Cisco rolls 16nm ASICs

Cisco rolls 16nm ASICs

Technology News |
By Julien Happich

The new ASICs enable a more flexible set of interfaces for ports carrying 100Mbit to 100 Gbit/second Ethernet and 32 Gbit/s Fibre Channel traffic. The company claims the chips are the first to pack 36 100G ports in a system that fits in a single rack unit. The ASICs also implement flow control tables to monitor all traffic running across leaf and spine switches.

Cisco designed a family of three closely related ASICs for its systems with aggregate bandwidth ranging from 3.6 to 1.6 Terabits/second. Two of the chips, made in TSMC’s 16FF+ process, started shipping in systems in February, a third will ship within two months.

“We wanted the performance and cost advantages” of going to 16nm, Thomas Scheibe, senior director of product management for Cisco’s data center switch group told EE Times.

The process helps Cisco pack 20 to 40 MBytes of memory into the ASICs, eliminating the need for external memory. The cost of external memory “is significantly higher with lower reliability and higher power consumption” than embedded memory, said Scheibe.

Cisco, long one of the world’s largest ASIC designers, has its own approach for dynamically parsing the memory into shared or private buffers as needed. The memory serves the flow tables which are the largest new blocks in the ASICs. The tables help calculate average flow completion times, a key metric to avoid data collisions and get full use from its computer networks.

“Today no top-of-rack switch has a flow table for cost reasons and most chips can’t export the flow data fast enough,” said Scheibe.

The ASICs also let users select the data rates at which they want to run Ethernet and Fibre Channel traffic. They support SFP interfaces for 10G or 25G traffic and QSFP links for 40G or 100G links.

The switch team was the first to use 16nm process technology inside Cisco. Scheibe claims the ASICs were the first switch chips of any kind produced in a 16nm process.

The ASICs are relatively large, about the same size as Cisco’s prior 28nm switch chips. Die size is one of the gating items for switch chips, Scheibe said. He credits Cisco’s ASIC simulation tools for helping the company go from “first prototypes to shipping products in 6-8 months.”

Cisco is making two versions of its new switch systems. One uses Broadcom’s Tomahawk chips as a system fabric and line card switch; the other uses the new ASICs. Some customers demand merchant chips because they modify the software running on the systems to program their own networks, he said.

Fig. 1: Cisco dominates in data center switches, according to International Data Corp. (Image: IDC)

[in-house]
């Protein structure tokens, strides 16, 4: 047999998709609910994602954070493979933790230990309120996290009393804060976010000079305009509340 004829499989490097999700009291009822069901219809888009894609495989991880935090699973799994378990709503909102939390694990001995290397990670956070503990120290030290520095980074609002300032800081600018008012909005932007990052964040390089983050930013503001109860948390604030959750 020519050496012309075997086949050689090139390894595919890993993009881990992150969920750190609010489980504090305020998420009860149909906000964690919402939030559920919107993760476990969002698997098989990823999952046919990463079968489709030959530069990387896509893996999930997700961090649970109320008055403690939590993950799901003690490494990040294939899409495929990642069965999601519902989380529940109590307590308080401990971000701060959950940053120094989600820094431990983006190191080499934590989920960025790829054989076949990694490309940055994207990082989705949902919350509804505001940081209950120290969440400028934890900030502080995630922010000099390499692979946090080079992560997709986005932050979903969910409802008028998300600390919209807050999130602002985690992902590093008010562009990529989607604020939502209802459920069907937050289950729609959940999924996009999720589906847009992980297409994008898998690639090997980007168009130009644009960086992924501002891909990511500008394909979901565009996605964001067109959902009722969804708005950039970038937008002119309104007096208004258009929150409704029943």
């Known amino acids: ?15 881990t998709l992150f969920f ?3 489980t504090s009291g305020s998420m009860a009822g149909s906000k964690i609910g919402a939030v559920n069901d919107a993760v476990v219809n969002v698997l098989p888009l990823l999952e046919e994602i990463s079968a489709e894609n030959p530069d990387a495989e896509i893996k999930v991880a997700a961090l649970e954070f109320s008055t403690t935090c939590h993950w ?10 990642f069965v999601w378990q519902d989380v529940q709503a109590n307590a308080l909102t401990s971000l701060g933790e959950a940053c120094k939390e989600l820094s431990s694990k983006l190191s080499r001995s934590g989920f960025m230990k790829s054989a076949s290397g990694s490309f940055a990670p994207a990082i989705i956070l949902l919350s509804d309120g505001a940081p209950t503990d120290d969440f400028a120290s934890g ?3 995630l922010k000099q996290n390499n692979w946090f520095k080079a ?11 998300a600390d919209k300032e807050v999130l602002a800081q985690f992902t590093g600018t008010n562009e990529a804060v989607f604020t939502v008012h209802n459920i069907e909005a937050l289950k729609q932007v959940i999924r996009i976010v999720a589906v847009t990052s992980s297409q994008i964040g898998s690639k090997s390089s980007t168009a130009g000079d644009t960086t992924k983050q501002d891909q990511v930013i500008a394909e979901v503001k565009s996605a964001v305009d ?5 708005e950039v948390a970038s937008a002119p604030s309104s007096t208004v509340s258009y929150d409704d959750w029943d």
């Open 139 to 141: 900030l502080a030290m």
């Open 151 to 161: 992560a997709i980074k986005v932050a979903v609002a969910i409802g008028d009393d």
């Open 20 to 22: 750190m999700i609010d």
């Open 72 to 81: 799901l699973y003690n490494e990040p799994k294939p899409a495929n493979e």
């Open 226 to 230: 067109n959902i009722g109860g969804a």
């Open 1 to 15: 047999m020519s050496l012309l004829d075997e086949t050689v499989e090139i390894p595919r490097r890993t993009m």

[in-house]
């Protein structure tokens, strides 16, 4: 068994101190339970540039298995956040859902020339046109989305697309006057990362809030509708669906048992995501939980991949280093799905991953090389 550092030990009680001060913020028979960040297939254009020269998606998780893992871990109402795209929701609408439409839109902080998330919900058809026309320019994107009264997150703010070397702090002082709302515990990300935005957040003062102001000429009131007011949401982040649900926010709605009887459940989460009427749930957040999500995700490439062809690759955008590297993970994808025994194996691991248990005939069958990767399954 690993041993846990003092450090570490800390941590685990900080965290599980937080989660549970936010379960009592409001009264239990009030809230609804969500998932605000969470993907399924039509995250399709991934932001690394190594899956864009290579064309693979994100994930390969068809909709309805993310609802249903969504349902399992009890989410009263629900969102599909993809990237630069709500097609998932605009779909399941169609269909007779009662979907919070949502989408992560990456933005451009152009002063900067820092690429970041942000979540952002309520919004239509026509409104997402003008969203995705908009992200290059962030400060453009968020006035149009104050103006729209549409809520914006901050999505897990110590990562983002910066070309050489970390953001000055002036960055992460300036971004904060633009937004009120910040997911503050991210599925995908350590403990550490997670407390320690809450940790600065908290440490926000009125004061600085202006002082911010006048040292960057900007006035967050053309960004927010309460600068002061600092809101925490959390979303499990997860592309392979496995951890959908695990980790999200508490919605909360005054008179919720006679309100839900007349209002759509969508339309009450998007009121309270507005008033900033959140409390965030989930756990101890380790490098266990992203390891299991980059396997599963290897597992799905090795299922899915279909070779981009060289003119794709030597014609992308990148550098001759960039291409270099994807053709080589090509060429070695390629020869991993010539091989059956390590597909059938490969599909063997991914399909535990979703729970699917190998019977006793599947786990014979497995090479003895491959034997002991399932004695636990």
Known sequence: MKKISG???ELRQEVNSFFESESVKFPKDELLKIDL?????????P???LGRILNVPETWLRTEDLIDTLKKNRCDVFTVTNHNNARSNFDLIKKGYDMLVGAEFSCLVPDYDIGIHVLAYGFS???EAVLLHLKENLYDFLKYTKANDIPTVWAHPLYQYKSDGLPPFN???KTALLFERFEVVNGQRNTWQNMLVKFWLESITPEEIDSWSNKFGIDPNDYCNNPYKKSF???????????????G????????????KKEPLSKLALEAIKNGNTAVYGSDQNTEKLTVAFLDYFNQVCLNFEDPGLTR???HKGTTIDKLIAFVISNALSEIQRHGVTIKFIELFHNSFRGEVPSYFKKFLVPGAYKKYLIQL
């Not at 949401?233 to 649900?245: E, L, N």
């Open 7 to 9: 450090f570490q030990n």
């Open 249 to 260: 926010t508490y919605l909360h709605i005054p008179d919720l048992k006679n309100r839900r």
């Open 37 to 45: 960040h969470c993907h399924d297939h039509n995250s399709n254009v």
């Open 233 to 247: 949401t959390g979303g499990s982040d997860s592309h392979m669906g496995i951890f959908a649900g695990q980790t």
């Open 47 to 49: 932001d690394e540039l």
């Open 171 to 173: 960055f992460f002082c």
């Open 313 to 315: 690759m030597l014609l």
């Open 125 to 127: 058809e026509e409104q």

“Cisco believes a significant proportion of its datacenter-networking installed base will be receptive to the price-performance attributes and capabilities of the Nexus switches based on its new proprietary ASIC technology,” said Brad Casemore, an analyst following the sector for International Data Corp.

“They emphasized use cases that spotlight the flow tables, analytics, and flexible port configurations to position the technology for where the market is going…private and hybrid cloud, containers and microservices [and] distributed IP-based storage,” he said in an email exchange.

Cisco commands a whopping 60% of the data center switch market. Its closest rival, Arista Networks, is a heavy user of Broadcom chips, but got just 8% of the market by revenue in 2015, according to IDC. Cisco, Arista and a group of ODMs took a percentage point each in share last year, while Hewlett Packard fell from second place, it said.

Fig. 2: Cisco implements a NAND flash caching layer in its new HyperFlex servers. (Image: Cisco Systems).

Storage software from startup Springpath is one of the key ingredients in Cisco’s latest servers, announced along with the switches. The code manages solid-state and hard-disk storage distributed across server nodes and uses solid-state drives as a new tier of cache memory.

Cisco is an investor in Springpath, founded in 2012 by members of VMware. The startup provides a software interface for storage as well as a proprietary file system to optimize flash reads and writes for performance and chip endurance.

The new servers support continuous, real-time data de-duplication and compression. “Other vendors grabbed open source code; [Springpath] did it right, adding a ton of technology differentiation,” said Todd Brannon who manages Cisco’s data center server group.

In December rival Hewlett Packard Enterprise rolled out its latest data center servers, claiming they let users more easily configure in software compute, storage and networking resources. Like HPE, Cisco claims its latest systems simplfy the job of flexibly managing complex collections of data center gear.

Cisco entered the server business in 2009 and now claims it has more than 52,000 customers. It used ASICs in its first servers to more than double the DRAM memory linked to a Xeon processor.

Cisco’s new server nodes pack multiple solid-state drives (SSDs) and hard disks. They use a 120 GByte SSD to store data logs, a 480GB to 1.6 TB SSD for caching, two SD cards as boot drives and up to 23 1.2 TB 10,000-rpm SAS hard drives.

The SSDs use PCI Express interfaces and are based on commodity flash. Cisco did not adopt 3-D NAND drives for the new systems. The 2U servers use one or two Xeon E5-2600 v3 CPUs.


About the author:

Rick Merritt is Silicon Valley Bureau Chief at EE Times

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